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About this poet

Born in Affori, Italy on September 21, 1914, Emilio Villa spent most of his life in Rome.

Villa's numerous collections of poetry include Adolescenza (La Vigna Editrice, 1934), Oramai (Chart Tiberino Institute, 1947), E ma dopo (Argo, 1950), 17 variazioni su temi proposti per una pura ideologia fonetica (Origin, 1955), Le mûra di t, éb, é (Multimedia Gallery, 1981), and 12 Sibyllae (Castelvetro Piacentino, 1995), among others.

His many translations include a prose rendition of Homer's Odyssey (1964) as well as selections from The Bible. He also translated from Sumerian, Hebrew, Greek, Latin, English, Portuguese, Spanish, and numerous dead languages.

Villa's interest in philology informed his work heavily, and he preferred to write in a dialect of Milan rather than in what he thought of as the problematically academic "Ytaglya" of the post-war period. He also commonly inserted ancient Greek, Provençal, French, and many other languages into his poems to create a complicated network informed by his studies.

In 1950, Villa moved to São Paulo where he fell in with the Brazilian concrete poets Haroldo and Augusto de Campos. Those involved with the "Noigandres" group were strongly influenced by writers such as Ezra Pound, James Joyce, and the visual poetry of Guillaume Apollinaire—all of which had a strong effect on his own writing.

Villa collaborated with a number of writers and artists in Italy and abroad, including Alberto Burri, Marcel Duchamp, as well as William Burroughs. He also had a strong influence on the next generation of neoavanguardia Italian writers—including those involved in Group 63, such as Umberto Eco and Adriano Spatola.

He died in Rietti, Italy in 2003.

1941 Piece

It could be
that on any given
day air would travel
half-heartedly through the air,

maybe, but if Lake Garda fails to recover in time
all the dust eaten by cyclists in meaningless races,
and kilometers that don't count, good for nothing,

maybe, as long as the ozone and the horizontal rain
speak to traffic cops with nickeled stands of poplar 
about ideal jubilees, communism fresh as a rose

and then we would feel 
as if in our chests mangled by spears,
thoughtful devotions, affections, vanities,
our dioceses were to drown one by one
little by little, and inside the other 
ephemeral vase of air, shipwrecked people
were to surface
with a brotherly laugh, but without
the body dense as a body or as any thing

and as long as the dodging capon,
trapped on the edge of the fog or within
autumn's violet stubble, failed to die
heroically wounded  by that pocket knife thrown 
by chance, stuck in his shins until blood is spilled; or

as long as the train's smell slithers to checkpoints
and realizes in the end that the world's nights
and the lowing from the stalls of Brianza, and the breath

of foreign fodder, and the air filled
with a stew of local beef, and the change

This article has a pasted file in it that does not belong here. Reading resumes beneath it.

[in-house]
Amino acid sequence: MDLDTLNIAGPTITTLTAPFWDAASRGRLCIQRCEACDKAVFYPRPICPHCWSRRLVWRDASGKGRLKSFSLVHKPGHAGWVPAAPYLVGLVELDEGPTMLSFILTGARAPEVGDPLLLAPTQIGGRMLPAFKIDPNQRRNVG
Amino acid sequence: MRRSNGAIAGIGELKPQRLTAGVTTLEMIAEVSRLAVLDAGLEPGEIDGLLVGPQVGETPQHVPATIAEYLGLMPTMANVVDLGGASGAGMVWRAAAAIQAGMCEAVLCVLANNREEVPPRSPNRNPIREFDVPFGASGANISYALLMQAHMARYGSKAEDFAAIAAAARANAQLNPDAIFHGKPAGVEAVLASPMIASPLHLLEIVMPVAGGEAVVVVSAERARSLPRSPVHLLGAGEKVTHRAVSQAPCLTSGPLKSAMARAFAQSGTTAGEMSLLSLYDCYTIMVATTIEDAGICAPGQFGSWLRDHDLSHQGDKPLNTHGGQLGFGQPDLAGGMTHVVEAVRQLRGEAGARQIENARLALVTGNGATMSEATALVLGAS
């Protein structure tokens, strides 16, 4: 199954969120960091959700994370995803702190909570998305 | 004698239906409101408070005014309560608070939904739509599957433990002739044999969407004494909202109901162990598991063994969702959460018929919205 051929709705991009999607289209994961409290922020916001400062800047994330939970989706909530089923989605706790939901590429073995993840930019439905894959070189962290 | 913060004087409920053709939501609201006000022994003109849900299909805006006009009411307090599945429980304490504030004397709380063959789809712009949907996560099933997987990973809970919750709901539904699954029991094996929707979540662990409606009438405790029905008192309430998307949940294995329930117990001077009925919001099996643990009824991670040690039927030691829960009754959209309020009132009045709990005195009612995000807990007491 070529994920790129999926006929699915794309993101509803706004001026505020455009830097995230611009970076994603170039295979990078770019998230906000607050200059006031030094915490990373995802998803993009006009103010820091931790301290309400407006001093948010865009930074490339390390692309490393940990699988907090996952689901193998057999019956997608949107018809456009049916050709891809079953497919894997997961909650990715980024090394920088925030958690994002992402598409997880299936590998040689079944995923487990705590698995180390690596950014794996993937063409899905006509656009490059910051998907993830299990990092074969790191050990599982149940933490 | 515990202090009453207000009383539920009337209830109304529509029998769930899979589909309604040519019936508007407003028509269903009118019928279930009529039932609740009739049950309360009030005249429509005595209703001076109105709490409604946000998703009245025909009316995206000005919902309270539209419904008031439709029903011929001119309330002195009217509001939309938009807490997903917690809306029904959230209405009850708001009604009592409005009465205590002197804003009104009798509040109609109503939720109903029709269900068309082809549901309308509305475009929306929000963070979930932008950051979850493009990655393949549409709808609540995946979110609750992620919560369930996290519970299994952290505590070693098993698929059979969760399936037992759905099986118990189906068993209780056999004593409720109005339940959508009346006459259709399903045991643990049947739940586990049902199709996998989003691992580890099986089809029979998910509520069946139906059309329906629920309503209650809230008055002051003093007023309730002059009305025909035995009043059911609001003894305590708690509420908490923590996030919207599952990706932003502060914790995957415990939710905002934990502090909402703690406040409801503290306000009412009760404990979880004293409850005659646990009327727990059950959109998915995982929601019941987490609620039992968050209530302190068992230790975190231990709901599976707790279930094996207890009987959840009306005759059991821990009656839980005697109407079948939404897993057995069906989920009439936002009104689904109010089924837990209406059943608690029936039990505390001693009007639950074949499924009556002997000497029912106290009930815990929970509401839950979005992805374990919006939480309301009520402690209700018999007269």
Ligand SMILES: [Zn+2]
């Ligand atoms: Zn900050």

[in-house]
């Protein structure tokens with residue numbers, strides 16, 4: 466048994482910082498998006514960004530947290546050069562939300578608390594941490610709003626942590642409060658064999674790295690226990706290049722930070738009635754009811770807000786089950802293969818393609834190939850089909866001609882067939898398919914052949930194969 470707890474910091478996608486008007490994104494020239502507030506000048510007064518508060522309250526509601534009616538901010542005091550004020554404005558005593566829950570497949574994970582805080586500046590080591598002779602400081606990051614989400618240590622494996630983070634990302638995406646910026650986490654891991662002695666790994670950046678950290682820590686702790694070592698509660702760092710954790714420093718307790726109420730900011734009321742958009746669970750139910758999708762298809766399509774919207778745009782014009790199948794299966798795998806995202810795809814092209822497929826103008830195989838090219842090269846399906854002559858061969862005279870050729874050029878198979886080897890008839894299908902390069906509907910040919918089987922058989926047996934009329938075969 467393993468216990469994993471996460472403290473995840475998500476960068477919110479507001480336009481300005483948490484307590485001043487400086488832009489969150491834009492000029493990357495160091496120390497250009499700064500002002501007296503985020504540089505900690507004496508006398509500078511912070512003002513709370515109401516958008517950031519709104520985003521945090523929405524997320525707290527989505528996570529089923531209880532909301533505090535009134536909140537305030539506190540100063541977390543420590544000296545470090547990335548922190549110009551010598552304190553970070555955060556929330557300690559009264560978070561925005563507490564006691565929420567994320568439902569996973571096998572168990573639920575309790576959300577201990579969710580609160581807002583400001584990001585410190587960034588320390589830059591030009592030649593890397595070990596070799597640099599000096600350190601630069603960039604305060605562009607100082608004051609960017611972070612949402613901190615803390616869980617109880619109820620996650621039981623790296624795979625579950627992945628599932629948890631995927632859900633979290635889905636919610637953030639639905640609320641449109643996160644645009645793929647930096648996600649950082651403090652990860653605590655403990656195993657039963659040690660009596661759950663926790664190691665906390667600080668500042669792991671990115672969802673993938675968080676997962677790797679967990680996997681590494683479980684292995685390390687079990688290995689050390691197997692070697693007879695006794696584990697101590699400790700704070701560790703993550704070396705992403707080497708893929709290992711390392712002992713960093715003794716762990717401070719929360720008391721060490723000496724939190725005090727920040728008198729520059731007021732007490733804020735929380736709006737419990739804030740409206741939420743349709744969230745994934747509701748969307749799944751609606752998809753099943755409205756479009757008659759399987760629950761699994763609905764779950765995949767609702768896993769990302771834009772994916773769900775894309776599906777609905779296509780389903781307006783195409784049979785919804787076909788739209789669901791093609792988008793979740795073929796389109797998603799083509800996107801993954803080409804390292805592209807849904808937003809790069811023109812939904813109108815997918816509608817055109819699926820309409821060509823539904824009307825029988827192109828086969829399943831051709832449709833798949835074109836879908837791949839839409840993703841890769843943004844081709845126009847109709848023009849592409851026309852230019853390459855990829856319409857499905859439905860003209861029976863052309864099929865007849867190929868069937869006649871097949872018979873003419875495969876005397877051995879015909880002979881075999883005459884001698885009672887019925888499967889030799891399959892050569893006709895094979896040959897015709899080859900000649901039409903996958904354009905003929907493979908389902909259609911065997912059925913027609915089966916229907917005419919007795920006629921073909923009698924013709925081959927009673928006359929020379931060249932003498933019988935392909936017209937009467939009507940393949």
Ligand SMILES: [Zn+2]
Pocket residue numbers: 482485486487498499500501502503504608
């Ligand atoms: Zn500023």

of musical coins across the zinc counter, will touch
the firmament with frosted hands: and then

some agate marbles concealed in the panic snore
of those poplars will serve as lamps or blinds 

and it's not like the heavens
are a sound, bottomless investment, or a mine
devoid of fatherland and feeling

therefore, let the troops hurry like shades with coats
on the borders rubbing mile after mile,
year after year; and more so the hidden anguish of breaths
grows here in the fatherland and furthermore freezes
in this chaos, and here the fish seeps out,
like mandatory nostalgia for the northern star, and 
the train's snake-like turns, stops, the long
detours through the countryside, through the nocturnal
paint of drizzling rain and murk

thus, drunk with weakness facing the earthly dream
where the stones of Europe mature, where stately
gardens float in the naviglio of peace,
nations devised in the dreams of strange
prime ministers with rocks in their heads

drunk with emotion the last seafarer or engineer
or fresh water sailor, or athlete at the track,
forgotten the silvery shimmer of canals and verdure,
the murmur of pewter silverware washed
in doorways opening onto towpaths 
in that slow after-supper idleness, let him go
beyond the soul

and then again, beyond the soul everything is a mirror
of celestial Catholic confusion, nor do we want to
believe in our bodies too much, this mirror, enough,
for the time being, with this annoying light

yet meanwhile the rest of us exist, both one and the other,
fearfully, reverentially, and then,
rising from the busy welfare rolls 
we pass, like sickly clouds, toward the fine liquor 
of the Atlantic, at the county's end,
without the noise of borders or hallways: that's where

everything will be vague and flawless, everything
in common; there, not a single strip of twilight
ever appears stronger than the night

electric, fish-like.

Today's poem is copyright © 2011 by Emilio Villa and Dominic Siracusa. Used with permission.

Today's poem is copyright © 2011 by Emilio Villa and Dominic Siracusa. Used with permission.

Emilio Villa

Emilio Villa

Villa had a strong influence on the next generation of neoavanguardia Italian writers—including those involved in Group 63

by this poet

poetry is evanescence

poetry is life sentence, release
	on words, liberté sur parole

poetry is a blind guide to an ancient
	enigma, to an inaccessible

poetry is an argument
	dynamic and jarring

poetry is a rag tag cos-
	mology we can 
	raise and wave, 
	it's a small (abregée) cos-
What's new is that one can no longer keep
the eyelids of swept away young men open
with sharpened toothpicks, they're no longer alive:

what's new is the whitish eyes of Milanese
men upon the wires of trolleys, trams and poles;
don't tell me it's sad to go on looking sadly in each other's eyes!

what's new is